Hope Springs Eternal: Ryder Richards at CASP
by Hannah Dean December 17, 2018
Once, someone who grew up in Boston told my brother that people who grew up in rural areas were stunted. I guess I know what she meant, but there’s something about growing up in the sticks that makes you extremely self-sufficient. If some sort of apocalyptic collapse happens, guess which folks know how to kill and dress an animal, store seeds and grow food, and have an arsenal of booze (what else)? My point is, there’s a culture of survival in rural places that permeates everyday life.
This do-it-yourself-ism, gumption, grit — whatever you want to call it — is the impetus for Ryder Richards’ installation, titled 2018 Empowerment, at the Charles Adams Studio Project (CASP) that debuted on a FFAT in Lubbock in December, as part of CASP resident J. Eric Simpson’s curated exhibition series. It consists of, primarily, a set of camper chairs, speakers, the kind of LED light strips found in airplanes and glampers’ RVs, an open ice chest complete with ice and beer (help yourself!) that is also propping up a double-screen viewing of Sharknado 3. All this is set upon large AstroTurf mats and is overseen by a makeshift wind turbine composed of Home Depot buckets, an array of batteries, and a plugged-in set of fans that keep the turbine propelled.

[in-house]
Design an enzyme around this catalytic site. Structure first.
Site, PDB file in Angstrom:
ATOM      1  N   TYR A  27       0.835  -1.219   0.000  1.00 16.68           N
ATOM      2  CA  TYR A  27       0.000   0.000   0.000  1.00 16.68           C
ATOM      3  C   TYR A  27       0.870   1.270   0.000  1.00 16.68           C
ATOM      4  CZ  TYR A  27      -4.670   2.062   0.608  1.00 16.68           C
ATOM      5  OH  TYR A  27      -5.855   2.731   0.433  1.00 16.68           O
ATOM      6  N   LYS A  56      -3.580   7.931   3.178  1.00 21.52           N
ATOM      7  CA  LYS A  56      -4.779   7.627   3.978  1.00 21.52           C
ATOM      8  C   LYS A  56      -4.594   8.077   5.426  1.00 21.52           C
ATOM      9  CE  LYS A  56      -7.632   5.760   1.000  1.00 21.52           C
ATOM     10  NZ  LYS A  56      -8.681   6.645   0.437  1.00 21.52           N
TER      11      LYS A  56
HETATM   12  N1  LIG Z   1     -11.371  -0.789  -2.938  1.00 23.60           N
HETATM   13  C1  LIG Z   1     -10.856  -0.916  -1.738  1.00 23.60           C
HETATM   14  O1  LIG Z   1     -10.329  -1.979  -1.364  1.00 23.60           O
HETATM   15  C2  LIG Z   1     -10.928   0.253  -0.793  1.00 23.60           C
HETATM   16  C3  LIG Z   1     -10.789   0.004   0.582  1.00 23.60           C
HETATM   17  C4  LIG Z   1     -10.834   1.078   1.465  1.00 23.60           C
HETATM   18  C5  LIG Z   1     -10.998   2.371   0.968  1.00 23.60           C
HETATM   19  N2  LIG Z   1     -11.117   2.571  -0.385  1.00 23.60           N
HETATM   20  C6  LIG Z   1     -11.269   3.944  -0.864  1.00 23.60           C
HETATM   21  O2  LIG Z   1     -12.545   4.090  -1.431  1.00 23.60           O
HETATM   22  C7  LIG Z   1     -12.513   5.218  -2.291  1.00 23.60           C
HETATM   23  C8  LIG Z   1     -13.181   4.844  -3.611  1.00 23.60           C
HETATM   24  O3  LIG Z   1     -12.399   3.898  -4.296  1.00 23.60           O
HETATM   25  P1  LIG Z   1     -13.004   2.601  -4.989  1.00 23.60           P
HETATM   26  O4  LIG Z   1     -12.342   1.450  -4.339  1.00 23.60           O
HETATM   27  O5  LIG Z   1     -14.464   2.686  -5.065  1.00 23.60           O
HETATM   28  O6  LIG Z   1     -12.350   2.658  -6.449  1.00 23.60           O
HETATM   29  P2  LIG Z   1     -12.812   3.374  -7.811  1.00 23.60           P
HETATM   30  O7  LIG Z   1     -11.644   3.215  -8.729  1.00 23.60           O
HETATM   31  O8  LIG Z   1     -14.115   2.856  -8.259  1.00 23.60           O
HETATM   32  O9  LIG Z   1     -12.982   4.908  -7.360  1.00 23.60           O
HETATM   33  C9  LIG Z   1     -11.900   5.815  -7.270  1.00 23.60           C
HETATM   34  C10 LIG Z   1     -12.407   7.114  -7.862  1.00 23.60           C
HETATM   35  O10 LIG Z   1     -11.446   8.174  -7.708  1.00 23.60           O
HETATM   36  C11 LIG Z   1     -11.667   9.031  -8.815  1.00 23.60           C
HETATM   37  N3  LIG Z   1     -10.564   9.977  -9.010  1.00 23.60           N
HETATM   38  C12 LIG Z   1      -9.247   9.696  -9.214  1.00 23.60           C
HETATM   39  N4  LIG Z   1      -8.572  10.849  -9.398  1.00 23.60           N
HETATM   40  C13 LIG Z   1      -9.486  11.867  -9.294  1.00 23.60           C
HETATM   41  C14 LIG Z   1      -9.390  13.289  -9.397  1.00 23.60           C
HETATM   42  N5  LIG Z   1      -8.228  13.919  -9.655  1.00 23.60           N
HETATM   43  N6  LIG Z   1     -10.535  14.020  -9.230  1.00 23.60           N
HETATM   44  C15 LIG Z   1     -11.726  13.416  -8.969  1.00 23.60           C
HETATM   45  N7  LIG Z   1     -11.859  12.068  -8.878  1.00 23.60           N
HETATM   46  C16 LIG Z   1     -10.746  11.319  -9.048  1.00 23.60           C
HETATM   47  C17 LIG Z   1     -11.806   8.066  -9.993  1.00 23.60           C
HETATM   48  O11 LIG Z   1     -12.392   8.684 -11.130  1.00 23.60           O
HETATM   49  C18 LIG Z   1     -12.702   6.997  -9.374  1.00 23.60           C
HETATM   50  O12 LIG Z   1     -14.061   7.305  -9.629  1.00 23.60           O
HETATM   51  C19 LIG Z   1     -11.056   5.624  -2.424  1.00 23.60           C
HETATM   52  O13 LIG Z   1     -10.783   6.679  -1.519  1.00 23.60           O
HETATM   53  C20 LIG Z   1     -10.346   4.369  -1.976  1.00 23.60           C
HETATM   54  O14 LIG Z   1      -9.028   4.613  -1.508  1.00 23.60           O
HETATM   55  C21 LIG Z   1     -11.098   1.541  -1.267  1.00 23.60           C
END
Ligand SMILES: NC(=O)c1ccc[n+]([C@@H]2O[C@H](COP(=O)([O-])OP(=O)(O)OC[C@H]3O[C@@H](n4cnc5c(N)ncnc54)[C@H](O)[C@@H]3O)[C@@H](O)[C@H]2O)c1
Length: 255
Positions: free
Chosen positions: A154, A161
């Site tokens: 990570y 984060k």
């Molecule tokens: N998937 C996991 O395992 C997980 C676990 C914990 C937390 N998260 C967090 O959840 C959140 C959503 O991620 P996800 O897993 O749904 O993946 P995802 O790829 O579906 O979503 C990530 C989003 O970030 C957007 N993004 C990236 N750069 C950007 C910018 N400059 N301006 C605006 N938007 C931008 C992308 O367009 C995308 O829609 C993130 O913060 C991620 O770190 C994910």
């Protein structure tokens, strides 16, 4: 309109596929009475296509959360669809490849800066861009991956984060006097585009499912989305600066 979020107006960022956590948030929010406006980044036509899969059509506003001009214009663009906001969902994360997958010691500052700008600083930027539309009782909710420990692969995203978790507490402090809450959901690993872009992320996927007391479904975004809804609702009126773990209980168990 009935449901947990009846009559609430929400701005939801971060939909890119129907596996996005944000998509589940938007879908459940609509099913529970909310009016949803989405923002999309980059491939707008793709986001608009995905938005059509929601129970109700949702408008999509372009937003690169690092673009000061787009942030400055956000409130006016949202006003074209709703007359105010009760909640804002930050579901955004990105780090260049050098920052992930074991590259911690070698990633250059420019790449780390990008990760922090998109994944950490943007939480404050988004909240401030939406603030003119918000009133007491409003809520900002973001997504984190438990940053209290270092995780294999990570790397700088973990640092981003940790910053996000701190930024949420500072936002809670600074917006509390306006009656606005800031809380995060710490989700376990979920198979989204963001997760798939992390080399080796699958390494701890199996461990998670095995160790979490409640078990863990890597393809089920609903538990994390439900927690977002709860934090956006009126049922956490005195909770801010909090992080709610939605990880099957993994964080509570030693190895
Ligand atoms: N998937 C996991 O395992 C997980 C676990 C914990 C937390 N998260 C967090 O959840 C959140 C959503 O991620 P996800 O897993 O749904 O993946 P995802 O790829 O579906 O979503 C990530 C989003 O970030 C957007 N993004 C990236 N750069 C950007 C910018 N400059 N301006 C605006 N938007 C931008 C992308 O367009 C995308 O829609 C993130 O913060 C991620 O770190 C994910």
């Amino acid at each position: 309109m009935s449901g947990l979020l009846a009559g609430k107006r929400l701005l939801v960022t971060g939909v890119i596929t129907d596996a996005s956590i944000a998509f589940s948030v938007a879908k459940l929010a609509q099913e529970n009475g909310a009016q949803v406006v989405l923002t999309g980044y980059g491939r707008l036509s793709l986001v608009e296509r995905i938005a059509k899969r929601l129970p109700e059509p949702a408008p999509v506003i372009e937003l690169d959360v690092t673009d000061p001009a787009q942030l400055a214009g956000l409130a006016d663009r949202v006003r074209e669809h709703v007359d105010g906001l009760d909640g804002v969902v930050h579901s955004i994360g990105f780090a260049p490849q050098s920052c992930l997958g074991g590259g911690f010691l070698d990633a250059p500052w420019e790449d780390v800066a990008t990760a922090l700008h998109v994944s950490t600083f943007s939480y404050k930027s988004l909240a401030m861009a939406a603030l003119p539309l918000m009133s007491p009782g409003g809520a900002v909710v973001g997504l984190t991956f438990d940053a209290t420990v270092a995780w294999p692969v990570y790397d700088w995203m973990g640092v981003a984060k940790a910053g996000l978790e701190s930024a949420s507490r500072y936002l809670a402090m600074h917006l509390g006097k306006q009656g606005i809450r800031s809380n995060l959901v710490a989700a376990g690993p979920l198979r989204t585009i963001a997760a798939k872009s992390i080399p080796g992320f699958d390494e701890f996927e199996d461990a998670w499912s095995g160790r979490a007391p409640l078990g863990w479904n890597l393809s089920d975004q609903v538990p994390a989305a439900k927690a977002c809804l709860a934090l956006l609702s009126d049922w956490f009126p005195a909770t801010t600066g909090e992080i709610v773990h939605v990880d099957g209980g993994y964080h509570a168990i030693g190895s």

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Dec 7 – 22, 2018